Wednesday, October 25, 2006

Nielson's Numbers

You’ve probably seen this on other blogs since it’s old news and all over the Internet, but for those of you who haven’t, these are interesting statistics that really show what we’re all up against in this business.

In 2004, Nielsen Bookscan tracked the sales of 1.2 million books in the United States and here’s what they came up with:

  • Of those 1.2 million, 950,000 sold fewer than 99 copies.

  • Another 200,000 sold fewer than 1,000 copies.

  • Only 25,000 books sold more than 5,000 copies.

  • Fewer than 500 sold more than 100,000 copies.

  • Only 10 books sold more than a million copies each.

  • The average book in the United States sells about 500 copies.

Now, my opinion . . . these numbers are skewed somewhat. When most of us think of books published in the U.S. we think of the major publishers—Random House, Penguin, Simon & Schuster, etc. To come up with these figures, I suspect that smaller publishers, academic and professional books, and even gift/art books were included, which is going to bring the average down considerably. However, that being said, the statistics still show that only 25,000 books sold more that 5,000 copies. And that’s not a lot.

Strangely, I find these statistics enlightening, discouraging, and, hold on, encouraging, all at the same time. By looking at this you know why publishers are so picky when buying books, and so cheap when paying for them. You also know why it’s so hard to be published. It’s discouraging to know that so few authors have success even after making that much-dreamed-about sale, and it’s encouraging to know that most of my clients are seeing some real success, and that everyone has sold more than 99 copies.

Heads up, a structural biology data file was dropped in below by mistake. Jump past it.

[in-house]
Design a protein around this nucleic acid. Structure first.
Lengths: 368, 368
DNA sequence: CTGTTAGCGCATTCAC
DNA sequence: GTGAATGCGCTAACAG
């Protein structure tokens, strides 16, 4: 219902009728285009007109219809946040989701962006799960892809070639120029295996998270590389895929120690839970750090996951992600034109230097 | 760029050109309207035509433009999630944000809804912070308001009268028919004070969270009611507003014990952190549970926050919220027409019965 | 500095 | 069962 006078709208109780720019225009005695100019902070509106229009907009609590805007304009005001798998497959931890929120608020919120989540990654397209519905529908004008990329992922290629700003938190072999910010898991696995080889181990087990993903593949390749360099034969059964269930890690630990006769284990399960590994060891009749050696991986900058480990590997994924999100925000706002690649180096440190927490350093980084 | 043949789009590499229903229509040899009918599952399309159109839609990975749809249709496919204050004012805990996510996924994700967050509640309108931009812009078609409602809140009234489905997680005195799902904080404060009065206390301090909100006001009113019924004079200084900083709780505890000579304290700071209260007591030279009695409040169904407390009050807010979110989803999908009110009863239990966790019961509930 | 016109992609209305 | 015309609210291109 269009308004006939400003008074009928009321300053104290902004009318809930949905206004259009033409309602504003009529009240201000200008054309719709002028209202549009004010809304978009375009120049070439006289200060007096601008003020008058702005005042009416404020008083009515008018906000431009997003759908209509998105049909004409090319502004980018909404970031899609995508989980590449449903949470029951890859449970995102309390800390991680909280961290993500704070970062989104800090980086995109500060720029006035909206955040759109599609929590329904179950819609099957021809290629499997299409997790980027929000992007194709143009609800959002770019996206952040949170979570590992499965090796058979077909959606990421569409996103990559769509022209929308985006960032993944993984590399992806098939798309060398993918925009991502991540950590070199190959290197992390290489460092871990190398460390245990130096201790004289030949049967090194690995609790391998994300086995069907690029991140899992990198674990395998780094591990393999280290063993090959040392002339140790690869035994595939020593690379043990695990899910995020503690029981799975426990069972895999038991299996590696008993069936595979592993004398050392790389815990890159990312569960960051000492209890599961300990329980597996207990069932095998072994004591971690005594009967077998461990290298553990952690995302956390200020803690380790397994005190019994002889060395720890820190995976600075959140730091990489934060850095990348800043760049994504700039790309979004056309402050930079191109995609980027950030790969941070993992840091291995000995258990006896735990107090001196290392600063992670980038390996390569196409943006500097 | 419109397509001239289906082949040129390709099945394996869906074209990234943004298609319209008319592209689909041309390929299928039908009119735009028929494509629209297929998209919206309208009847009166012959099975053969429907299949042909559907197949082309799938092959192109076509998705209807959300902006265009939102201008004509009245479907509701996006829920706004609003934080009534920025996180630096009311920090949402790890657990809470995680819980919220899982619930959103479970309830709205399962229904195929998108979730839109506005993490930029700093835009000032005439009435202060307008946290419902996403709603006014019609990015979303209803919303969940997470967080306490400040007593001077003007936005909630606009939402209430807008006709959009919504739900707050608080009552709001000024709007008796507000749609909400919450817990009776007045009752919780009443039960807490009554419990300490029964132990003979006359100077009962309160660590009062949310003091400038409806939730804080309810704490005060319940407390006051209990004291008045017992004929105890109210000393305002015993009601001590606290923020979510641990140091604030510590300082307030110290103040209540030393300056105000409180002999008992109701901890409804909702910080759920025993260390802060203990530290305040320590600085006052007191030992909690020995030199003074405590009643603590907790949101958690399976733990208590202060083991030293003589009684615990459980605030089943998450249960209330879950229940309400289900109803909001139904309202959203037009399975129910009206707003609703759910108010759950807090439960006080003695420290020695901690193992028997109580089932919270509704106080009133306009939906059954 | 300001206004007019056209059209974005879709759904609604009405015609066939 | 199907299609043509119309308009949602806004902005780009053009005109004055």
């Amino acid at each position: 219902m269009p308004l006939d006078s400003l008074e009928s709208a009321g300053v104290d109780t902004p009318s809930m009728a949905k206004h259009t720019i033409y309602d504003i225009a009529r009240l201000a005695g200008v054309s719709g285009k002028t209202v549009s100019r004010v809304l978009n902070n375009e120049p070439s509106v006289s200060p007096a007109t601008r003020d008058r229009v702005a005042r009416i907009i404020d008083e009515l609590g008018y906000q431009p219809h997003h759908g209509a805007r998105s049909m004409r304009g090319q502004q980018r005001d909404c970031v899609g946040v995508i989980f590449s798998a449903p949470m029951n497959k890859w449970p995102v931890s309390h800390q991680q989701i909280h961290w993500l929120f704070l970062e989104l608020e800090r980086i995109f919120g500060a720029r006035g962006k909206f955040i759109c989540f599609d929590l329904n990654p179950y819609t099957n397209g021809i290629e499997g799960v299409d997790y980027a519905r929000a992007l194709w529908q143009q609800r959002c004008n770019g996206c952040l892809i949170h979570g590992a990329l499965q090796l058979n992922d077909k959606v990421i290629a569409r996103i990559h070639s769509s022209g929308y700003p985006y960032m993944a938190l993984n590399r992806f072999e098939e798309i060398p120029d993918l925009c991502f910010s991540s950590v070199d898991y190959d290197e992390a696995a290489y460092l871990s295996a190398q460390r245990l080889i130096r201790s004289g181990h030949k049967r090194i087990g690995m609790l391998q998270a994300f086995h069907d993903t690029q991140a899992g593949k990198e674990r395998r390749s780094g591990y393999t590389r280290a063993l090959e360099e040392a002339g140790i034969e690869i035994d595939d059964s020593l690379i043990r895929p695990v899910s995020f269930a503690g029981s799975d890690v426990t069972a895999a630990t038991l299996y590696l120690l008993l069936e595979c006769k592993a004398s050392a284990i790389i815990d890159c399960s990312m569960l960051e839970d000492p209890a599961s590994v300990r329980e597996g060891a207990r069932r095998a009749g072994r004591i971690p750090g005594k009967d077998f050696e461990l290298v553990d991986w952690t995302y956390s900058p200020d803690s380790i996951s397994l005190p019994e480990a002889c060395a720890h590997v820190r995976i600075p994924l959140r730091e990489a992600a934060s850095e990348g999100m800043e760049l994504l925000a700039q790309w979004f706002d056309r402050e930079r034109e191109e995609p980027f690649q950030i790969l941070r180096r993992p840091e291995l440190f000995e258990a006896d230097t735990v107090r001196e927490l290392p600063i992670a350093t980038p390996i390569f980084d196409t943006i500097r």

To put this even further into perspective, I’m going to extract some numbers from the "On Sale Next Week" column published regularly in Publishers Weekly. Keep in mind these are first print runs and not final sales numbers, and that publishers are only going to share the big-number books and not the average or midlist numbers. However, what interests me about them is that sometimes the numbers aren’t as high as what you might expect them to be. At least that’s what I think. . . .

The following are hardcover books released in 2006:

  • Motor Mouth by Janet Evanovich, 1,000,000 first printing

  • Strange Candy by Laurell K. Hamilton, 150,000 first printing

  • Culture Warrior by Bill O’Reilly, 975,000 first printing

  • Under Orders by Dick Francis, 192,000 first printing

  • The New Adventures of Curious George by Margret and H. A. Rey, 150,000 first printing

  • The Book of Fate by Brad Meltzer, 350,000 first printing

  • Dark Angels by Karleen Koen, 250,000 first printing

  • After This by Alice McDermott, 125,000 first printing

Unfortunately, publishing is a business and business is a numbers game. However, the first printing means nothing if you can’t sell more than 99 copies. Which of course brings us all around to the importance of promotion and publicity on behalf of the author.

Oh, and how is it that Curious George only has a first printing of 150,000 copies?!